Vicodin Addiction | Vicodin In Ohio
- Vicodin Abuse
- Mixing Vicodin & Other Drugs
- Vicodin Addiction Signs
- Vicodin Side Effects
- Vicodin Withdrawal Symptoms
- Vicodin Overdose
- Vicodin Addiction Treatment
Vicodin addiction can develop when you use the prescription opioid in a manner that’s not prescribed. Other signs of Vicodin addiction include intense cravings, increased side effects, withdrawal symptoms, and continued use despite harmful consequences.
Vicodin (the brand name for acetaminophen in combination with hydrocodone) is a prescription drug used as a painkiller. It is a Schedule II controlled substance with a high potential for abuse and addiction.
Vicodin abuse can occur due to how the drug depresses the central nervous system (CNS), which may lead to Vicodin addiction. Vicodin abuse can create serious, life-threatening health problems.
Various acetaminophen and hydrocodone combinations offer different brand names such as Oncet, Lortab, or Procet. These prescription painkillers may cause side effects such as sedation and feelings of euphoria which may take place when the drug is abused.
Vicodin abuse occurs if you take Vicodin without a prescription, mix it with other substances, take larger quantities than prescribed, or use it in ways other than directed.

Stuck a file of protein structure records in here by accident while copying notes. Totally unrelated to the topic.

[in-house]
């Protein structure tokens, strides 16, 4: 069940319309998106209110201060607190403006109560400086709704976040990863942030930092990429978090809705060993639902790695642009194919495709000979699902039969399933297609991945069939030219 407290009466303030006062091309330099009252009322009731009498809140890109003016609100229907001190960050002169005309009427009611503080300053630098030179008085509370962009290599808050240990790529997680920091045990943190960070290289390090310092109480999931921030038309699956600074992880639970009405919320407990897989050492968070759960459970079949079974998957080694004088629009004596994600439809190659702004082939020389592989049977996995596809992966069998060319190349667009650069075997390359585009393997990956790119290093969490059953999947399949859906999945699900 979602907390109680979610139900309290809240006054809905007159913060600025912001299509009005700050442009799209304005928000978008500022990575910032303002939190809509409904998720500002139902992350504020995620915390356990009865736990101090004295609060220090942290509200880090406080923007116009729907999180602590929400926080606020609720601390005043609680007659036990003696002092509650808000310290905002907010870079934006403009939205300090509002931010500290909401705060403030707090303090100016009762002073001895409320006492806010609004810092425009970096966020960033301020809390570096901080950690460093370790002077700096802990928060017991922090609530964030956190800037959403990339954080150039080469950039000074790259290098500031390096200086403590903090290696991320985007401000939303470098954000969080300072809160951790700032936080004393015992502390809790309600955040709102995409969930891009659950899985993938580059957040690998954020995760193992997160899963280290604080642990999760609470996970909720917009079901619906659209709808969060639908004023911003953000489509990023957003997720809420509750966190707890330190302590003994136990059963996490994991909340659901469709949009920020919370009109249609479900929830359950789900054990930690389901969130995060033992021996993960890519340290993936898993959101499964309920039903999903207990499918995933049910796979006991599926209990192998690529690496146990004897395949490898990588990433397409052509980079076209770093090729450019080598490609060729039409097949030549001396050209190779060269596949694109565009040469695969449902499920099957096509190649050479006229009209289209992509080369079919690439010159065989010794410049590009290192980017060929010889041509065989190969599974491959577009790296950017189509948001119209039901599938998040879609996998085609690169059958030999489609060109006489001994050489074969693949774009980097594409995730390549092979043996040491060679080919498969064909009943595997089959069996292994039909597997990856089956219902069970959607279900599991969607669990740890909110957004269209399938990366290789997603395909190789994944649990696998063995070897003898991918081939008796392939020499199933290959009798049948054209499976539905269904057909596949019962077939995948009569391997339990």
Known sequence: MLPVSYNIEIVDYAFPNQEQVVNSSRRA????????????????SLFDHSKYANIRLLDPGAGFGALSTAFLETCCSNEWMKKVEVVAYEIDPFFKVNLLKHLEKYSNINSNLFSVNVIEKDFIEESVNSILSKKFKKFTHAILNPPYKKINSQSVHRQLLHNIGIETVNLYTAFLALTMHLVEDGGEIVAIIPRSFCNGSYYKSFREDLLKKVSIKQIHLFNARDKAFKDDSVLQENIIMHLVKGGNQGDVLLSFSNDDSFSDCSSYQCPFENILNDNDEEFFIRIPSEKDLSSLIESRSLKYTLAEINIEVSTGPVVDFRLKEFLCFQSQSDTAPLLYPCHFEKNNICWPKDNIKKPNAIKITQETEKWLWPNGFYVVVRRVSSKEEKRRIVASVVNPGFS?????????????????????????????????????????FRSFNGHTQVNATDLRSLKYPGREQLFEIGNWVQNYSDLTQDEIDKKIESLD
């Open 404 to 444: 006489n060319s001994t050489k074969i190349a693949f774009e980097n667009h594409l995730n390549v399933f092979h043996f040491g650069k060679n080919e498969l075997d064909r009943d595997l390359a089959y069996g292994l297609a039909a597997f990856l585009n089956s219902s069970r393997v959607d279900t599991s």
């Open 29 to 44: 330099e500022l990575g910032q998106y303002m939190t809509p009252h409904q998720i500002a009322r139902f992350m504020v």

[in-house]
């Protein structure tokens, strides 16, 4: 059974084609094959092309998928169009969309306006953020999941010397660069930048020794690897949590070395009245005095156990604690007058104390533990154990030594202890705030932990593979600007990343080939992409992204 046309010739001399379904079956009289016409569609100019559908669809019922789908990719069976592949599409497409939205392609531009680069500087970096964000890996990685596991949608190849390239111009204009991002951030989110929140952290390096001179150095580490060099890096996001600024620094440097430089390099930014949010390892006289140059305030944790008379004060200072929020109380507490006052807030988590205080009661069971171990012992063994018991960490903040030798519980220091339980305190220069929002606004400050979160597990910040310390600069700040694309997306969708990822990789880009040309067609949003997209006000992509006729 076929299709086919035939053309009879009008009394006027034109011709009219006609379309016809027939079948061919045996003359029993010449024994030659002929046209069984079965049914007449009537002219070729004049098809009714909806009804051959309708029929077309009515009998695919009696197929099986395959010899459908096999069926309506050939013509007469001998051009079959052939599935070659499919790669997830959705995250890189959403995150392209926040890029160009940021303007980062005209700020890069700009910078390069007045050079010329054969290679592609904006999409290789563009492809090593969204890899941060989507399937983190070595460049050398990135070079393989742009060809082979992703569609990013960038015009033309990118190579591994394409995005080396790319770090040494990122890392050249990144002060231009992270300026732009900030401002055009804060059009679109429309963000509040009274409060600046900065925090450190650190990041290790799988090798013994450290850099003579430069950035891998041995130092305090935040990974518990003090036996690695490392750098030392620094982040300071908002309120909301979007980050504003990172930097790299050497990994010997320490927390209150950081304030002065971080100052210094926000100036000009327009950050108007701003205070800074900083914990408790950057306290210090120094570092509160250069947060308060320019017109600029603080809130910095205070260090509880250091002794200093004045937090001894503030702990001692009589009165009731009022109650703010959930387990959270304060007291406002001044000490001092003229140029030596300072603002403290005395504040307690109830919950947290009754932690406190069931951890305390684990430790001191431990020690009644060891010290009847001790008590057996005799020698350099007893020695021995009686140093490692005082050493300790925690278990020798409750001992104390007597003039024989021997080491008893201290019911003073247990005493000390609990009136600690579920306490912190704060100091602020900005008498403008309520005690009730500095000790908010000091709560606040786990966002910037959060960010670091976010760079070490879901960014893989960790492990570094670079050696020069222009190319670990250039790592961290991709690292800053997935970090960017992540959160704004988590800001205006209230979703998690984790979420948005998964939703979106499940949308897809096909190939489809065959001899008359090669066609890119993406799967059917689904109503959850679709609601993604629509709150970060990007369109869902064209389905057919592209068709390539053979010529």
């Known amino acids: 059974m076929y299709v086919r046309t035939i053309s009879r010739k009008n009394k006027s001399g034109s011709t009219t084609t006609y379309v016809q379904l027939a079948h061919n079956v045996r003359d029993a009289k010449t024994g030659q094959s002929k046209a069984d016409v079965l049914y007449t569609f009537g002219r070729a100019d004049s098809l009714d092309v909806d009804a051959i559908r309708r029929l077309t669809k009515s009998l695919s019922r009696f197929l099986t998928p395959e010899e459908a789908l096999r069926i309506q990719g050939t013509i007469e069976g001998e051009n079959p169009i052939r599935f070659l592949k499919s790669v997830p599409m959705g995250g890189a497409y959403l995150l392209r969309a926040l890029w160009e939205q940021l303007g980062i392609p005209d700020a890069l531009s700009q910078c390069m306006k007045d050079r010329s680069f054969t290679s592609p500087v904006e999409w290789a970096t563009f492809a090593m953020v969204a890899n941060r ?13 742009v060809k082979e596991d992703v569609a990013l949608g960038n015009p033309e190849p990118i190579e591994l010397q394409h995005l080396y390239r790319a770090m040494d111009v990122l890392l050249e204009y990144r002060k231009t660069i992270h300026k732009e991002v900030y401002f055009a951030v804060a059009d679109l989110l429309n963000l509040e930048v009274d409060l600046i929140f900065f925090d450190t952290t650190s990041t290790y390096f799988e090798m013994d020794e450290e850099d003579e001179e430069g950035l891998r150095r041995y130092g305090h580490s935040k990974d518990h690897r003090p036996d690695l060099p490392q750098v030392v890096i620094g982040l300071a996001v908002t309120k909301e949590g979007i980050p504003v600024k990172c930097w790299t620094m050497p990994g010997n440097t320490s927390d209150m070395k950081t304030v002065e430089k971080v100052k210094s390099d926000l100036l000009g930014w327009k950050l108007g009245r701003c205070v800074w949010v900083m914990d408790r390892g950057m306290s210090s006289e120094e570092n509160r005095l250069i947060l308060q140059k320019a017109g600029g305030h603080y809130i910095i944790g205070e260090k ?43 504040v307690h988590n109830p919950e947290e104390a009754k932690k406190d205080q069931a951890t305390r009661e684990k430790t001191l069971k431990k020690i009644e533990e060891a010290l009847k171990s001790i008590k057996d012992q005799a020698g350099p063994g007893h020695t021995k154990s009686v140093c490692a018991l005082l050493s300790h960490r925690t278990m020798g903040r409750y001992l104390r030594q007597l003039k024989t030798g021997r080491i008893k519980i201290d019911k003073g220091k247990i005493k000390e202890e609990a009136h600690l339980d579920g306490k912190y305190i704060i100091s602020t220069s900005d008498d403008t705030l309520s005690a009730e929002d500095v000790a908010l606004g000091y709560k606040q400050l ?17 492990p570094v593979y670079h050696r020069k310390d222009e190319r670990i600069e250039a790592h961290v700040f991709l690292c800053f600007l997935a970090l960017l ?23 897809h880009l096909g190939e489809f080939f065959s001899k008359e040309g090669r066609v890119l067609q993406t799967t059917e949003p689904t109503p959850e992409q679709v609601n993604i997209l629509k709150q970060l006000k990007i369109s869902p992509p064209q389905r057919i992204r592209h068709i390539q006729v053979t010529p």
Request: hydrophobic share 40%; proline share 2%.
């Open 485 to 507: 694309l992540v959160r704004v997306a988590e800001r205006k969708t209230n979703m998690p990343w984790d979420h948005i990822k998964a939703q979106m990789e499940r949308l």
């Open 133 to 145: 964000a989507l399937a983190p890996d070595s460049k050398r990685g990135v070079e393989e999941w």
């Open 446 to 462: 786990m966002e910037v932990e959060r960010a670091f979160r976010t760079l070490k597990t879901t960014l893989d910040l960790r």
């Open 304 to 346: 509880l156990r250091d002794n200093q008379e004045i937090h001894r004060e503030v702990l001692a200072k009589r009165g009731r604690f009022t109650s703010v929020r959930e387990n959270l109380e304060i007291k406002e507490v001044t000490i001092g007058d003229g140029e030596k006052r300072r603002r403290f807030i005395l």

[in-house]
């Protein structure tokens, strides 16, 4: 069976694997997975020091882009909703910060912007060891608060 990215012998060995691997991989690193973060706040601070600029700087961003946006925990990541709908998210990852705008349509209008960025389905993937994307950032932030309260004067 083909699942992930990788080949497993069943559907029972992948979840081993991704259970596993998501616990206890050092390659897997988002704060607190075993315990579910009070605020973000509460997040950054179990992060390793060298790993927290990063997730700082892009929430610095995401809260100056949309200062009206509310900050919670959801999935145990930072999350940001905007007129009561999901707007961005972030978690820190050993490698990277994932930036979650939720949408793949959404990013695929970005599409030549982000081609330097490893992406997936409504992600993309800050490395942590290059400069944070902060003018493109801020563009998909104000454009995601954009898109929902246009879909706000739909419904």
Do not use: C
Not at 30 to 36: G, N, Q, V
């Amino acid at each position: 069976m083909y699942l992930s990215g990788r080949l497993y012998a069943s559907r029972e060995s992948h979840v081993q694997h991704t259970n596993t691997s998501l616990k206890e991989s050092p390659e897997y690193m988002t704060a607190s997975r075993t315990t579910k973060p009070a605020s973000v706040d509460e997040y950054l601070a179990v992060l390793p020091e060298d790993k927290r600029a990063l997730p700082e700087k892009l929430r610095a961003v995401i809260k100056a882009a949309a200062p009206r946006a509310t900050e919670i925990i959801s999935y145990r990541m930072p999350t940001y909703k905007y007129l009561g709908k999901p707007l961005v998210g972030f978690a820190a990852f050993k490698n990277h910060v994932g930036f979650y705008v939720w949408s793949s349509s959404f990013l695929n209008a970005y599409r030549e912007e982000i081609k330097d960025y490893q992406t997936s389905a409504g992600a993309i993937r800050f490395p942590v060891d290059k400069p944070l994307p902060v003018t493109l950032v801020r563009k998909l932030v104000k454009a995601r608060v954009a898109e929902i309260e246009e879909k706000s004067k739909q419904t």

A person may take large quantities of Vicodin or use the drug with other pain medications like codeine or other analgesic drugs. When a person participates in drug abuse, they may take other drugs which sedate the body such as benzodiazepines or other CNS depressants like alcohol.
When insufflated, Vicodin can be harsh on the nasal cavity, damaging tissue or creating a deviated septum. A chronic runny nose, sinus infections, and frequent nosebleeds may occur as well.
A more dangerous form of Vicodin abuse is via injection. Those who crush the pill and combine the powder with a liquid to inject into a vein of their body may have an increased risk of overdose, bacterial infections, blood clots, and collapsed veins.
Signs Of Vicodin Addiction
A person with Vicodin addiction may exhibit a number of signs, including:
- an inability to control Vicodin use
- intense cravings for the drug
- drowsiness and sedation
- isolation from family members and friends
- doctor shopping, or visiting multiple physicians for a Vicodin prescription
- financial problems
- Lack of personal hygiene
- continuing to use opioid drugs despite harmful consequences
Increased Side Effects
Common side effects of Vicodin may be heightened when the drug is abused. Some of these side effects may include:
- dry mouth
Continuous Vicodin use may lead to more severe side effects including liver damage.
Vicodin Withdrawal Symptoms
If a person abruptly stops taking Vicodin or discontinues their drug abuse, Vicodin withdrawal may take place. If a person suffers from Vicodin withdrawal symptoms, they may experience the following symptoms according to the National Institute on Drug Abuse (NIDA):
- cravings for the drug
- sleeping difficulties
- muscle pain
- cold flashes